Lobby condemns raid at Angola's weekly Folha 8
The Committee to Protect Journalists has condemned Monday's Angolan police raid at the independent weekly Folha 8.
The raid came as the weekly was under investigations over a satirical photo montage.
Officers confiscated all of Folha 8's computers, effectively crippling the operations of one of the country's two remaining independent publications.
About 15 officers of the Angolan National Directorate of Criminal Investigations arrived at the Luanda offices of Folha 8 at around 1pm (local time), the paper's editor-in-chief, Mr Fernando Baxi, told CPJ
The officials took away about 20 computers from the newsroom, Mr António Setas, the paper's deputy director, said.
Officials also forced Mr Baxi to remove the battery of his cell phone during the seizure to prevent him from communicating with anyone, Mr Setas said.
In an interview with the Portugal-based news agency Lusa Tuesday, Folha 8 editor William Tonet said the raid was connected to a public prosecutor's December 2011 criminal investigation into the paper's re-publication of an Internet photo montage ,lampooning President José Eduardo dos Santos, Vice-President Fernando Piedade Dias dos Santos, and Gen Manuel Helder Vieira Dias Júnior Kopelipa, the military adviser to the President.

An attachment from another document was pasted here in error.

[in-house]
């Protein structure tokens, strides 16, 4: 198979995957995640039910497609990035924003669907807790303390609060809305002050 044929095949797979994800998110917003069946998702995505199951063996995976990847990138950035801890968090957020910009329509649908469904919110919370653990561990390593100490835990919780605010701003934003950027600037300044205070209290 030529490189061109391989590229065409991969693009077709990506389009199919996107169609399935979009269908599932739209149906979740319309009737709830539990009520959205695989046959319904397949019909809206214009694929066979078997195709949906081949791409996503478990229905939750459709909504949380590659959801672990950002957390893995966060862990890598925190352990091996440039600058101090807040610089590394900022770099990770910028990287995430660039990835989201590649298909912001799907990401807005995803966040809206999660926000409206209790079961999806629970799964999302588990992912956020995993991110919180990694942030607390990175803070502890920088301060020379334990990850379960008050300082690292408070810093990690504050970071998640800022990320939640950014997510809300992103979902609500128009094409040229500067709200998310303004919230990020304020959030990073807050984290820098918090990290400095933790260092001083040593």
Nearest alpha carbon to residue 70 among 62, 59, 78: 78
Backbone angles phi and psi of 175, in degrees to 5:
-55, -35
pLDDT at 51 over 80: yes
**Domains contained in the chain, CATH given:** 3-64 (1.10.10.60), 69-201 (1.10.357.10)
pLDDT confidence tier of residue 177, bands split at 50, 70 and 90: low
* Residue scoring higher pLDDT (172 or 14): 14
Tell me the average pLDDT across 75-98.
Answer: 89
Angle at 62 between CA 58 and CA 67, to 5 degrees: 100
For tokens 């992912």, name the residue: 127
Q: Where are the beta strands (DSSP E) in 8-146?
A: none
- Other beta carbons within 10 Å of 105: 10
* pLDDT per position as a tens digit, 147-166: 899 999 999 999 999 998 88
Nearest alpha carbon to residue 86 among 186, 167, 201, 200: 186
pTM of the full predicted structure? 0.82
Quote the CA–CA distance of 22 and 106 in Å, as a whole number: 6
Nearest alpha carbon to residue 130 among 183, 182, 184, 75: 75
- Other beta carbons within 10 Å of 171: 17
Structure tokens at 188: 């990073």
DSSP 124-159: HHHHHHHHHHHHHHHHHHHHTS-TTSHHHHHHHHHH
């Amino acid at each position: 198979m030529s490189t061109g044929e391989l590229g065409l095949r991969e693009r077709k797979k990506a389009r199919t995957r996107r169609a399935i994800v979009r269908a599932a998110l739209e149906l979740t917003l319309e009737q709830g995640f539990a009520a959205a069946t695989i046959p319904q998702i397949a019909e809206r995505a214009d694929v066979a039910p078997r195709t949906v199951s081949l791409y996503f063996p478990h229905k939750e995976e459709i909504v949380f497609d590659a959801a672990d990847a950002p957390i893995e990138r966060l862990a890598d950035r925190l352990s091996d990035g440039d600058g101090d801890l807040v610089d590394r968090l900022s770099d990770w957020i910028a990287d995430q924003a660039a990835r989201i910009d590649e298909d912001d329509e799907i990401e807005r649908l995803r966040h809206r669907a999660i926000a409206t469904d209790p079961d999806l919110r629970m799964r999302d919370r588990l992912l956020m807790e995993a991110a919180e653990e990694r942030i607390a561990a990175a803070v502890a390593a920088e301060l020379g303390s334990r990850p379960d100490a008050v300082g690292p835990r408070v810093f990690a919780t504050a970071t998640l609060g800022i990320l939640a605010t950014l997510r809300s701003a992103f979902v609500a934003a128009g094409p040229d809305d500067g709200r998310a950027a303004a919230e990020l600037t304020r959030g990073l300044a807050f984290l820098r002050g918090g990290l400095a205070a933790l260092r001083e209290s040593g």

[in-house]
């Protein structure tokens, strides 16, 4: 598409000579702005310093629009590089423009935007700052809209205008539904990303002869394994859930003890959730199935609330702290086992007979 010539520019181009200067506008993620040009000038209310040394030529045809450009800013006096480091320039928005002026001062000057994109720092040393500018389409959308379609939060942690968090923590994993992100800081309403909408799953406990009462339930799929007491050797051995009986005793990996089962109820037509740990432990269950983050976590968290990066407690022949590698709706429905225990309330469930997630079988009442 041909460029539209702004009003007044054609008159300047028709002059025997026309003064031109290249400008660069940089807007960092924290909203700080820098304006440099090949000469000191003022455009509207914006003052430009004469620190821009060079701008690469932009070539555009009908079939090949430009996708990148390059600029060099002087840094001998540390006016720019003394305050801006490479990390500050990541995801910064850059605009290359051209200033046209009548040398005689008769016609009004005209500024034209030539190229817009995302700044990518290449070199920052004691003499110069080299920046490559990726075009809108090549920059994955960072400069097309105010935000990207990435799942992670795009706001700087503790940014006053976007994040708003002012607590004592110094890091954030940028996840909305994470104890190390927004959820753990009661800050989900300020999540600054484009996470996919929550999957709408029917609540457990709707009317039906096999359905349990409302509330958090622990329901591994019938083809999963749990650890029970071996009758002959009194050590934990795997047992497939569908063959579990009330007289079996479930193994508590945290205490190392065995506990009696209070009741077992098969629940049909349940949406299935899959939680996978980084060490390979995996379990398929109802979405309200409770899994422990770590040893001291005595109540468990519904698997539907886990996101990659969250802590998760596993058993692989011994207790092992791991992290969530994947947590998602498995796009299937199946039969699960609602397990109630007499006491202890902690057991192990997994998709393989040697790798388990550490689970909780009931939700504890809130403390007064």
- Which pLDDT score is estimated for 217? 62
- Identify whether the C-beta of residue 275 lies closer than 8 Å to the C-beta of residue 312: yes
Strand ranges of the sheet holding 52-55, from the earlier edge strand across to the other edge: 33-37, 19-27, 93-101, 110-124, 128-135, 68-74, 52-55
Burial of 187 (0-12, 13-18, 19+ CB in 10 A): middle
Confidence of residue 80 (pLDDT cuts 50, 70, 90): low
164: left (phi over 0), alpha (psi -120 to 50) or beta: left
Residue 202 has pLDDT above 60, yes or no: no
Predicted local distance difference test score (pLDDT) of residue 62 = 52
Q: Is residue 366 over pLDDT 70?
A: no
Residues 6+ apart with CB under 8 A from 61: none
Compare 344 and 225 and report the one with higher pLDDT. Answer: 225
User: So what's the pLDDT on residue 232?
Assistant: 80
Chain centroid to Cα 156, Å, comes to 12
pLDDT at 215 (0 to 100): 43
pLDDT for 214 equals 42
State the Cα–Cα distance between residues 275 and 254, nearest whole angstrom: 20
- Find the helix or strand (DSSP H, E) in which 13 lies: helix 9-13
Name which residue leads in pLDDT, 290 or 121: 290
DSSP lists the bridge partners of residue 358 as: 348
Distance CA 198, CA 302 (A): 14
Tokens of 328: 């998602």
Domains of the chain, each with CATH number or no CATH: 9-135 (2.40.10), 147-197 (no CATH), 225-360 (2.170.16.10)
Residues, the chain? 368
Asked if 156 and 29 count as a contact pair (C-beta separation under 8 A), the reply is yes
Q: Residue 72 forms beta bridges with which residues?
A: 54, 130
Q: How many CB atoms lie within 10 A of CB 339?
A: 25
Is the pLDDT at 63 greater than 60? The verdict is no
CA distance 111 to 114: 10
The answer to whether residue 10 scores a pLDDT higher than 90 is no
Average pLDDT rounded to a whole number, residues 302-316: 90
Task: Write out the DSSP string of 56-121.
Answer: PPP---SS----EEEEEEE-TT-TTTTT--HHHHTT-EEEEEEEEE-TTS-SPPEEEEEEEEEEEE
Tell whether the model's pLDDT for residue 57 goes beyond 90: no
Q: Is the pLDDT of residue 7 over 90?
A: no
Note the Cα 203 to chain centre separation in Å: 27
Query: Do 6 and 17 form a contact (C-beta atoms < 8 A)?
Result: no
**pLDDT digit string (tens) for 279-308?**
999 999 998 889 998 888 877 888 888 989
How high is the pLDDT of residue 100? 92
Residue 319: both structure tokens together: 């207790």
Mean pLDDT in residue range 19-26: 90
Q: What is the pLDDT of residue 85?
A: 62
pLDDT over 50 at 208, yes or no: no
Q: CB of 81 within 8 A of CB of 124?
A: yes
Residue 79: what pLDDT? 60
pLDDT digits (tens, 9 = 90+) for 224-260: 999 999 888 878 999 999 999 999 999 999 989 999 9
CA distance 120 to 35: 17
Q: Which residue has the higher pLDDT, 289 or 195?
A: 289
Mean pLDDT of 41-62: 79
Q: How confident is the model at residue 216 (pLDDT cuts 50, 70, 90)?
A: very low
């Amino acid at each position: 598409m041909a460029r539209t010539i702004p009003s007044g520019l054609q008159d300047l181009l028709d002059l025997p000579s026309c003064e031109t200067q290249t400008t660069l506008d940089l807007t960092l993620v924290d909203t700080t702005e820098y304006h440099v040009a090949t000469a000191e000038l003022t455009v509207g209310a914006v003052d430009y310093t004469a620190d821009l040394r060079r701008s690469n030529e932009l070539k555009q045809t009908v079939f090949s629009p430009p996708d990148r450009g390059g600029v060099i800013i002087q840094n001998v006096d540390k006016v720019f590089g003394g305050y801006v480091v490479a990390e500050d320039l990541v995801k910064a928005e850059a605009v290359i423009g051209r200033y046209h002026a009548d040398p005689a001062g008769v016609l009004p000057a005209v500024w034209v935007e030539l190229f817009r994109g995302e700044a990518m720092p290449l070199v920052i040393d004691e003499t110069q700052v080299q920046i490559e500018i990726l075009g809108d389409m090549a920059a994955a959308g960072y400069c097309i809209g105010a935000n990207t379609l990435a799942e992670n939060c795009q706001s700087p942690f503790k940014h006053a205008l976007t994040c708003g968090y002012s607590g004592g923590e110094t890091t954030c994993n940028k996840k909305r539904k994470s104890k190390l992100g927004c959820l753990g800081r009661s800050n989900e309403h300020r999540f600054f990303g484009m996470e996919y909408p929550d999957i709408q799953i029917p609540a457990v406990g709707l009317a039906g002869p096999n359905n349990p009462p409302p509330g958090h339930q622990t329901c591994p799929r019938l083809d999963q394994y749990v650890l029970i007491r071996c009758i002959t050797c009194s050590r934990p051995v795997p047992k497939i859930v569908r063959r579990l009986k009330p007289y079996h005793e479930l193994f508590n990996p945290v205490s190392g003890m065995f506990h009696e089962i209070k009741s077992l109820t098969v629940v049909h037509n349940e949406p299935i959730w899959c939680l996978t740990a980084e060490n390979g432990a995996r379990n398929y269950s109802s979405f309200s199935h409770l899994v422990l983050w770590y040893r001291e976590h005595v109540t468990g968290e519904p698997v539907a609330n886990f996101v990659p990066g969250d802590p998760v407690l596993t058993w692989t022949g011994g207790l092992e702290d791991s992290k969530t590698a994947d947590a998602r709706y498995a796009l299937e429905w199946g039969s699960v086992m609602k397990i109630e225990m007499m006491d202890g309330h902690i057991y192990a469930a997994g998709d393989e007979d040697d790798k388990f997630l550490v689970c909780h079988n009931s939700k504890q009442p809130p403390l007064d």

No formal charges in the investigation have been filed, but the newspaper's computers could be used as evidence against them in the case, local journalists told CPJ.
CPJ obtained a copy of the search and seizure warrant signed by Public Prosecutor João Vemba Coca, which called on Angolan police to seize all computers and tools used to commit "acts that constitute the crime of outrage against the state, the person of the President, and the organs of the executive".
Folha 8 has reported on government corruption and has also covered the recent anti-government protests challenging President dos Santos' 32 years of rule, according to CPJ research.
Angolan police spokesman Carmo Neto did not immediately return CPJ's calls for comment.
"The seizure of Folha 8'scomputers is a crude act of censorship meant to silence one of the few remaining independent news outlets in Angola," said CPJ Africa Advocacy Coordinator Mohamed Keita.
"Satire is not an outrage against the state-it's an important part of robust debate in a free society. We call on authorities to return Folha 8'sequipment at once and put an end to this politically motivated investigation."
Journalists at Folha 8 have been targeted before.
In October 2010, authorities handed Mr Tonet a one-year suspended prison sentence and a fine of $105,000 (10 million kwanzas), which he was still appealing.
The journalist had written stories alleging corruption and abuse of power by five senior officials close to President dos Santos, according to local journalists.